On December 22, 2020 the Securities and Exchange Commission (“SEC”) adopted amendments under the Investment Advisers Act to modernize rules that govern investment adviser advertisements and payments to solicitors (“New Rule”). The aim of the amendments is to create a single modernized rule that regulates investment advisers’ marketing communications in today’s ever-evolving advertisement practices, technology and expectations.
The SEC also adopted related amendments to its books and records rule and to Form ADV. Advisors will have to disclose additional information related to their marketing practices to help facilitate the SEC’s inspection and enforcement.
The RIA Marketing Rule became effective on May 4, 2021 providing for a transition period of 18 months. Investment advisers have until November 4, 2022 to comply with the New Marketing Rule.
Subject-matter experts with decades of experience wrote this analysis, not freelance copywriters, third party agencies, or AI-based tools. We are global regulatory compliance experts.
With the approaching of the new RIA Compliance date, the Division of Examinations of the SEC recently published a risk alert in which they share initial Marketing Rule exam initiatives and areas of review. These are discussed below.
What are the main RIA Compliance implications of the New Rule?
1. Amended definition of “advertisement”
The RIA Marketing Rule expands the definition of advertisement and allows for marketing via new channels.
The definition of “advertisement” is modified to reflect two aspects, including any direct or indirect communication an investment adviser makes that:
- Offers the investment adviser’s services regarding securities to prospective clients or private fund investors or offers new investment advisory services with regard to securities to current clients or private fund investors advised by the adviser.
- Includes any endorsement or testimonial for which an adviser provides cash and non-cash compensation directly or indirectly.
Practically speaking, the New Rule now treats indirect communications, such as social media comments that an investment adviser endorses or promotes, as “advertisement”.
The SEC has given specific examples on what will not be considered “advertisement” under the New Rule. Below are some examples:
- banners and branding materials;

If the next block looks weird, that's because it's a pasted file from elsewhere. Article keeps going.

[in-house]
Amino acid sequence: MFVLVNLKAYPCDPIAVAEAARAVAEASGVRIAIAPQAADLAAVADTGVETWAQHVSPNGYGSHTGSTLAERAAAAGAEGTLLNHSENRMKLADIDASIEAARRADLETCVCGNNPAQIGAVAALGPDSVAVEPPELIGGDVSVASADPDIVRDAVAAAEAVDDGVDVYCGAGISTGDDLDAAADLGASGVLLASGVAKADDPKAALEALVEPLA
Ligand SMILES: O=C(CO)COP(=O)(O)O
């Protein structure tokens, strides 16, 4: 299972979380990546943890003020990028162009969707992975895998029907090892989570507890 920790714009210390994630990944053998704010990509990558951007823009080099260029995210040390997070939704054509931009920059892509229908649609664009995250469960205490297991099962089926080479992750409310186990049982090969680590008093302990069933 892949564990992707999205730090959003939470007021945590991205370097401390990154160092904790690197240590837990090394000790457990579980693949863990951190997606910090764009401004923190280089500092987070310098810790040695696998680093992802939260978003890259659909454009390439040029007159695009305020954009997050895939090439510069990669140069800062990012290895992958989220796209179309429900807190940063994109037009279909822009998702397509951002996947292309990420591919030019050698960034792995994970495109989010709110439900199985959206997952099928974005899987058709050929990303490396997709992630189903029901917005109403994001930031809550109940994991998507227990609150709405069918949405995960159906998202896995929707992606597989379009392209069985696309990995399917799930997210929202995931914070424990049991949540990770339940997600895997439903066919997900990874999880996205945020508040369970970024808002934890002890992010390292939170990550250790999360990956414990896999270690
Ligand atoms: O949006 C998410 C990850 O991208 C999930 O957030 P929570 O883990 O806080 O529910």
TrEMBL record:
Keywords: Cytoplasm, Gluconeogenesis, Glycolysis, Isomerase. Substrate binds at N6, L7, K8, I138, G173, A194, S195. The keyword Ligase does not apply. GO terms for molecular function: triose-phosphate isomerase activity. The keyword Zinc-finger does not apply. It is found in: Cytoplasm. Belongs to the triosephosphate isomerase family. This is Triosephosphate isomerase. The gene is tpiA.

- regulatory filings and required communications;
- general educational materials and market commentary (provided that they don’t contain an offer to provide advisory services);
- transaction reports and other similar materials delivered to existing investors in private funds; etc.
2. RIA Marketing Rules - New Seven General Prohibitions
Under the RIA Marketing Rule investment advisors will be prohibited to:
- Make an untrue statement or omission;
- Make a material statement of fact that the adviser does not have a reasonable basis for believing it will be able to substantiate upon demand by the Commission;
- Include information that would reasonably be likely to cause an untrue or misleading implication or inference to be drawn concerning a material fact relating to the adviser;
- Discuss any potential benefits without providing fair and balanced treatment of any associated material risks or limitations;
- Reference specific investment advice provided by the adviser that is not presented in a fair and balanced manner;
- Include or exclude performance results, or presenting performance time periods, in a manner that is not fair and balanced; and
- Include information that is otherwise materially misleading.
These new RIA Marketing Rules put a higher burden of proof on the advisors, requiring them to maintain robust RIA Compliance programs.
Next to the general prohibition and with regards to performance advertising, the New Rule also prohibits the inclusion in any advertisement of:
- gross performance, unless the advertisement also presents net performance;
- any performance results, unless they are provided for specific time periods in most circumstances;